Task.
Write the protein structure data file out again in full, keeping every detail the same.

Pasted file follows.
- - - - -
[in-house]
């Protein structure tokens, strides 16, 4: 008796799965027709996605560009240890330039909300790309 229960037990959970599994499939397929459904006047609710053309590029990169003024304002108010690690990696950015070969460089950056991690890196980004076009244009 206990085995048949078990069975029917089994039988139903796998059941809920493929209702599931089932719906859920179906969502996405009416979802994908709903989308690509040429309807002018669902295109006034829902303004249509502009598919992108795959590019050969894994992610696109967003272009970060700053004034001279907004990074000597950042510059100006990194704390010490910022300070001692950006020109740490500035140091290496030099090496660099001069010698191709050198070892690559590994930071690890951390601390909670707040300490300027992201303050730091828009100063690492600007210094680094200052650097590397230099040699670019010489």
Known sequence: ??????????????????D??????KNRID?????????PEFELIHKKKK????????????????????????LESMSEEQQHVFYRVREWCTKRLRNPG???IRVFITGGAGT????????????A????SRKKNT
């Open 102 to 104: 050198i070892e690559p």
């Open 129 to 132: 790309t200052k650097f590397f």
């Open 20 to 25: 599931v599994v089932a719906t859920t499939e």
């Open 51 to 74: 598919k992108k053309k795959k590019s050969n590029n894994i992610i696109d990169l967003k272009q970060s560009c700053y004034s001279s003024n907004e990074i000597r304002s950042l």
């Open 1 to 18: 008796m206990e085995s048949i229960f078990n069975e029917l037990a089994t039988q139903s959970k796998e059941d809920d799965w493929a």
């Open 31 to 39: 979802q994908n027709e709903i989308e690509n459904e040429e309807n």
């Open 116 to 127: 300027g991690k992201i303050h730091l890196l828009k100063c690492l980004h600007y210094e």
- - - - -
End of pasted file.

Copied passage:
[in-house]
């Protein structure tokens, strides 16, 4: 008796799965027709996605560009240890330039909300790309 229960037990959970599994499939397929459904006047609710053309590029990169003024304002108010690690990696950015070969460089950056991690890196980004076009244009 206990085995048949078990069975029917089994039988139903796998059941809920493929209702599931089932719906859920179906969502996405009416979802994908709903989308690509040429309807002018669902295109006034829902303004249509502009598919992108795959590019050969894994992610696109967003272009970060700053004034001279907004990074000597950042510059100006990194704390010490910022300070001692950006020109740490500035140091290496030099090496660099001069010698191709050198070892690559590994930071690890951390601390909670707040300490300027992201303050730091828009100063690492600007210094680094200052650097590397230099040699670019010489």
Known sequence: ??????????????????D??????KNRID?????????PEFELIHKKKK????????????????????????LESMSEEQQHVFYRVREWCTKRLRNPG???IRVFITGGAGT????????????A????SRKKNT
């Open 102 to 104: 050198i070892e690559p």
């Open 129 to 132: 790309t200052k650097f590397f």
């Open 20 to 25: 599931v599994v089932a719906t859920t499939e």
């Open 51 to 74: 598919k992108k053309k795959k590019s050969n590029n894994i992610i696109d990169l967003k272009q970060s560009c700053y004034s001279s003024n907004e990074i000597r304002s950042l």
């Open 1 to 18: 008796m206990e085995s048949i229960f078990n069975e029917l037990a089994t039988q139903s959970k796998e059941d809920d799965w493929a």
């Open 31 to 39: 979802q994908n027709e709903i989308e690509n459904e040429e309807n």
């Open 116 to 127: 300027g991690k992201i303050h730091l890196l828009k100063c690492l980004h600007y210094e």